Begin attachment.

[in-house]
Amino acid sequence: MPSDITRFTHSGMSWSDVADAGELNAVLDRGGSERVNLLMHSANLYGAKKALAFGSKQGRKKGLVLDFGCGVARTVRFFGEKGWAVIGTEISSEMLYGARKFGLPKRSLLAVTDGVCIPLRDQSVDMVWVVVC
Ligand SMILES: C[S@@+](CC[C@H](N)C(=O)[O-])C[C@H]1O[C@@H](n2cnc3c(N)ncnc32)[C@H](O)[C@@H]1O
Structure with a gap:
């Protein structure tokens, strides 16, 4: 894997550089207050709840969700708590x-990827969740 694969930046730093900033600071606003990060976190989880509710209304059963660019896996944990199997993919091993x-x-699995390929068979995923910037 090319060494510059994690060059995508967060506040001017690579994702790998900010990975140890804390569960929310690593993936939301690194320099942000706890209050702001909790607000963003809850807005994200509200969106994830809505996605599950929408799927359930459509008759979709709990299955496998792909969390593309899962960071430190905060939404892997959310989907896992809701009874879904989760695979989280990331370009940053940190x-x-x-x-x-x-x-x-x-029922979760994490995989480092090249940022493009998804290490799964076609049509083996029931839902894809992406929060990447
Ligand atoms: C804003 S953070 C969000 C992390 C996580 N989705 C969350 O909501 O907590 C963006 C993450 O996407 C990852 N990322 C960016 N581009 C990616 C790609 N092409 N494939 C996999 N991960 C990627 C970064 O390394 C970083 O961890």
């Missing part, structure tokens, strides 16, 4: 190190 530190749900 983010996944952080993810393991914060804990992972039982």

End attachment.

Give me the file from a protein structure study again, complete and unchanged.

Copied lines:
[in-house]
Amino acid sequence: MPSDITRFTHSGMSWSDVADAGELNAVLDRGGSERVNLLMHSANLYGAKKALAFGSKQGRKKGLVLDFGCGVARTVRFFGEKGWAVIGTEISSEMLYGARKFGLPKRSLLAVTDGVCIPLRDQSVDMVWVVVC
Ligand SMILES: C[S@@+](CC[C@H](N)C(=O)[O-])C[C@H]1O[C@@H](n2cnc3c(N)ncnc32)[C@H](O)[C@@H]1O
Structure with a gap:
């Protein structure tokens, strides 16, 4: 894997550089207050709840969700708590x-990827969740 694969930046730093900033600071606003990060976190989880509710209304059963660019896996944990199997993919091993x-x-699995390929068979995923910037 090319060494510059994690060059995508967060506040001017690579994702790998900010990975140890804390569960929310690593993936939301690194320099942000706890209050702001909790607000963003809850807005994200509200969106994830809505996605599950929408799927359930459509008759979709709990299955496998792909969390593309899962960071430190905060939404892997959310989907896992809701009874879904989760695979989280990331370009940053940190x-x-x-x-x-x-x-x-x-029922979760994490995989480092090249940022493009998804290490799964076609049509083996029931839902894809992406929060990447
Ligand atoms: C804003 S953070 C969000 C992390 C996580 N989705 C969350 O909501 O907590 C963006 C993450 O996407 C990852 N990322 C960016 N581009 C990616 C790609 N092409 N494939 C996999 N991960 C990627 C970064 O390394 C970083 O961890």
């Missing part, structure tokens, strides 16, 4: 190190 530190749900 983010996944952080993810393991914060804990992972039982």